“Left to its own devices, the aviation industry has put corporate profits before consumer safety,” said Sen. Richard Blumenthal (D-Conn.), the effort’s lead sponsor. “When safety is inexcusably compromised like it was by Boeing — certification rushed, whistleblowers gagged, critical information deliberately concealed, speed and earnings prioritized — lives are tragically lost and families devastated.”
The bill would strengthen the FAA’s oversight of engineers who are employed by companies like Boeing but work on the government’s behalf conducting safety approvals, empowering the FAA’s leaders to set standards and requiring regular independent audits.
Lawmakers in the House and Senate have been investigating the October 2018 and March 2019 crashes, with an eye to whether aviation safety laws ought to be changed. They have focused in particular on a system called Organization Designation Authorization, or ODA, which allows aviation companies to create special units that do safety work on behalf of the FAA.
Critics of the system say the units don’t act as a proper check on the companies and can leave manufacturers like Boeing essentially grading their own homework. But a panel of safety experts convened by Transportation Secretary Elaine Chao warned against attempts to overhaul the system, saying changes could undermine collaboration between industry and government, undermining safety rather than bolstering it.
The legislation is also sponsored by Sens. Tom Udall (D-N.M.) and Edward J. Markey (D-Mass.), and has the support of the Air Line Pilots Association and other major transportation unions. But the bill’s ultimate prospects of success in the Republican-controlled Senate are not clear.
Udall said the crashes proved that aircraft manufacturers can’t be relied on to guarantee safety.
“The American people expect the FAA to be tough, independent and uncompromising when it comes to their safety, and this new bill would restore integrity in the FAA’s certification process,” he said.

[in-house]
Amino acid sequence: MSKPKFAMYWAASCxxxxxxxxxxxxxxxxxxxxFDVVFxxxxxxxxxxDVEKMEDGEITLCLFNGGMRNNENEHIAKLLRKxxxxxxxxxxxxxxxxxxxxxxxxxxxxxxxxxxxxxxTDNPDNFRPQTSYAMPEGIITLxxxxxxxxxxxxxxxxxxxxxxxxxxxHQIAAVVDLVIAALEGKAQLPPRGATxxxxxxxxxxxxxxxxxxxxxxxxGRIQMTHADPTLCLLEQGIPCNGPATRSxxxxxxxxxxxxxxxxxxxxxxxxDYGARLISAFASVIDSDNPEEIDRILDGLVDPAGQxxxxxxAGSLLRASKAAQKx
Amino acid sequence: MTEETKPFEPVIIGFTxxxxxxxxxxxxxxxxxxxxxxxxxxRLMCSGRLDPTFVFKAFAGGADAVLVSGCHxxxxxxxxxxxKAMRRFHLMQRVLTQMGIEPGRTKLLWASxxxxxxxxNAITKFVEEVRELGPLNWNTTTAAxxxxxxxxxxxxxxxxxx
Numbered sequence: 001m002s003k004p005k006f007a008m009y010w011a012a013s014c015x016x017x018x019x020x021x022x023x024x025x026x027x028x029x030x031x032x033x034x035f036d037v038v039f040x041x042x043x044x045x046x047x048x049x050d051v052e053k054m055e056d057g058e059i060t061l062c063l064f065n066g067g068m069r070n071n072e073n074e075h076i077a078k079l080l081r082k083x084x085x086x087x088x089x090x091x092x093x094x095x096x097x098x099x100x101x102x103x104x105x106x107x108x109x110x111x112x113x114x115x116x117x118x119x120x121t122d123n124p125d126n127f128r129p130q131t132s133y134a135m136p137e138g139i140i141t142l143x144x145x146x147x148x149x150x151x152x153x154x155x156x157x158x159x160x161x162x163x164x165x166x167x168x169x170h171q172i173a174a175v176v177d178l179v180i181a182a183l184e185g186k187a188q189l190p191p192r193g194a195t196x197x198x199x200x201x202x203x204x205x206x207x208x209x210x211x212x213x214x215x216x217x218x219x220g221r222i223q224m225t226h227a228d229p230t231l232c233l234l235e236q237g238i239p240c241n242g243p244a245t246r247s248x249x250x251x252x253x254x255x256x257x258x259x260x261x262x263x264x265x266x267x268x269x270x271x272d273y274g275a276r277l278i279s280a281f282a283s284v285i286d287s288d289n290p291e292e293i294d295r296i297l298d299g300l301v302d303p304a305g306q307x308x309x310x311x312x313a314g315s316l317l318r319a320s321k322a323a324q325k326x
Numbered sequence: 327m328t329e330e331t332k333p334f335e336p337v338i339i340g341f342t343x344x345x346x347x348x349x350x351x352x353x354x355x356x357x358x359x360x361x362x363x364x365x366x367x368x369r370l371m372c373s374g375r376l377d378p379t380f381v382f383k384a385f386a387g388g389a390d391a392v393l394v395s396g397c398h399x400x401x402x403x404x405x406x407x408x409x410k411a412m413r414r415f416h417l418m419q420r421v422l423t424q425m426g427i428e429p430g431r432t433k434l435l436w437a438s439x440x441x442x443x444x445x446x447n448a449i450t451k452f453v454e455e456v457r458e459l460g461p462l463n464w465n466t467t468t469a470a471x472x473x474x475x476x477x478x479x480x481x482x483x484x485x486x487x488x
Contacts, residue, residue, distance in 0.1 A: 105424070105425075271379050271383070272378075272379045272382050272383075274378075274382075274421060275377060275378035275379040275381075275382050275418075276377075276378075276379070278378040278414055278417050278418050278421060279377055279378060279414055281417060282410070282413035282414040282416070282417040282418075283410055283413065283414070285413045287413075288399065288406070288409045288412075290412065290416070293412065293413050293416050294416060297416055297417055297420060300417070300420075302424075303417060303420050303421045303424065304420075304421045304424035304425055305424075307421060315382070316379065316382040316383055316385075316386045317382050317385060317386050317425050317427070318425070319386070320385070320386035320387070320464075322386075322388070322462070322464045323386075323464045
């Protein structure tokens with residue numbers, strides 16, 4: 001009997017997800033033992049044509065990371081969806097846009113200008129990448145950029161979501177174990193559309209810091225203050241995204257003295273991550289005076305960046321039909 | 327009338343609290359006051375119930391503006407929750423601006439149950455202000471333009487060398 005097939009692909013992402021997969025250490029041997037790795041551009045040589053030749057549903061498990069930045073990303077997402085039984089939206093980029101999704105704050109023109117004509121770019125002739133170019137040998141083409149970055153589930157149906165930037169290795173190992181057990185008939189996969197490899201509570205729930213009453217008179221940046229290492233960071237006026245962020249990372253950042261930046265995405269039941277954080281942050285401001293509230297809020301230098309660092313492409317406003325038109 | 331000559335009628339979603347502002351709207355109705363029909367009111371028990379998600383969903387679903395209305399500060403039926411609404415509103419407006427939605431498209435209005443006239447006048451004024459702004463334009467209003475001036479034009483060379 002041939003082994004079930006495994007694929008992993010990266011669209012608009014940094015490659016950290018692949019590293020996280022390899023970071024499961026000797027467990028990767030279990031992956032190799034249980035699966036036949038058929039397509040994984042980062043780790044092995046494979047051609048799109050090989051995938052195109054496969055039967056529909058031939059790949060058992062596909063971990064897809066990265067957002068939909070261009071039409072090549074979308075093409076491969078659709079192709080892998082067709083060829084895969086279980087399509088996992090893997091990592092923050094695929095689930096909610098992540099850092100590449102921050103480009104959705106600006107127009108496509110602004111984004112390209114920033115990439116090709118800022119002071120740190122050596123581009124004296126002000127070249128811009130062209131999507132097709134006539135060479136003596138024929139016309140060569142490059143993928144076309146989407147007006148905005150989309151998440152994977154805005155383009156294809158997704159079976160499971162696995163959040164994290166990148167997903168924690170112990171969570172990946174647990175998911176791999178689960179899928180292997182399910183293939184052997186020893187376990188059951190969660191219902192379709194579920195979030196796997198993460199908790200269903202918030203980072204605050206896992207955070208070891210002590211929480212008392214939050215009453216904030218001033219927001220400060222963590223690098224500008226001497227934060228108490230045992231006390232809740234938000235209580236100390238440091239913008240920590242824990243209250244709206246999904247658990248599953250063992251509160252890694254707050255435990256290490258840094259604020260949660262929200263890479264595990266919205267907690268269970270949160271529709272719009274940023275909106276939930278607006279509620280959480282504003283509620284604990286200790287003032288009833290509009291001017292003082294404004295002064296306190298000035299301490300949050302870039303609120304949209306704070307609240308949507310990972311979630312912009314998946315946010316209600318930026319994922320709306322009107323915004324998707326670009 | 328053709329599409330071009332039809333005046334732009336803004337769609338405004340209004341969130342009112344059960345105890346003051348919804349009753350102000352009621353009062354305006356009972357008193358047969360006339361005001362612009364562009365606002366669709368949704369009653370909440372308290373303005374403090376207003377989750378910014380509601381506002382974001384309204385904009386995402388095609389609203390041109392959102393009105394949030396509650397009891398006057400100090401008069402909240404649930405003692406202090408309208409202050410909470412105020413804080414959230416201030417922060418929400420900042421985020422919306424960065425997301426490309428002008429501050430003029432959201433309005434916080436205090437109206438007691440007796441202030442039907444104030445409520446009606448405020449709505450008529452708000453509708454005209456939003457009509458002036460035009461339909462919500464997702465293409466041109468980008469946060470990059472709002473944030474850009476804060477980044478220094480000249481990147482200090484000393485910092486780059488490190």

The three sponsors of the legislation are members of the Senate Commerce Committee, which oversees aviation. Sen. Maria Cantwell (Wash.), the committee’s top Democrat, has introduced other legislation that is designed to address the challenges posed by new cockpit technology and is backing a proposal to help the FAA attract new employees with technological expertise.
Lawmakers in the House are continuing their investigation, but leading Democrats on the Transportation Committee have said they also expect to introduce legislation. Committee Chairman Peter A. DeFazio (D-Ore.) said recently that leaving the current system intact would be “the height of irresponsibility.”
An FAA spokesman said the agency doesn’t comment on legislative proposals.
Boeing declined to comment other than saying it was committed to working with the FAA to promote safety.
One investigation into the design of the Max concluded that federal regulators didn’t have all the information they might have needed to catch safety problems with an automated feature implicated in both crashes. And Boeing emails released by House investigators show company employees trying to downplay the significance of the feature to regulators, apparently to avoid costly training on it being required.
The bill would give the FAA administrator the power to set educational and experience requirements for engineers working at the company safety review units and require him to approve individual employees to do work on behalf of the agency. It would also undo some changes in a 2018 law that gave more authority the companies involved in the system and ban companies from assessing the engineers’ performance in terms of aircraft delivered.
The legislation would also create a commission to review the system as a whole.
The proposal includes other provisions, including a section aimed at giving American authorities a greater say in training requirements for planes made in the United States but being operated by foreign airlines. The bill also seeks to bolster whistleblower protections for people working in the aviation industry.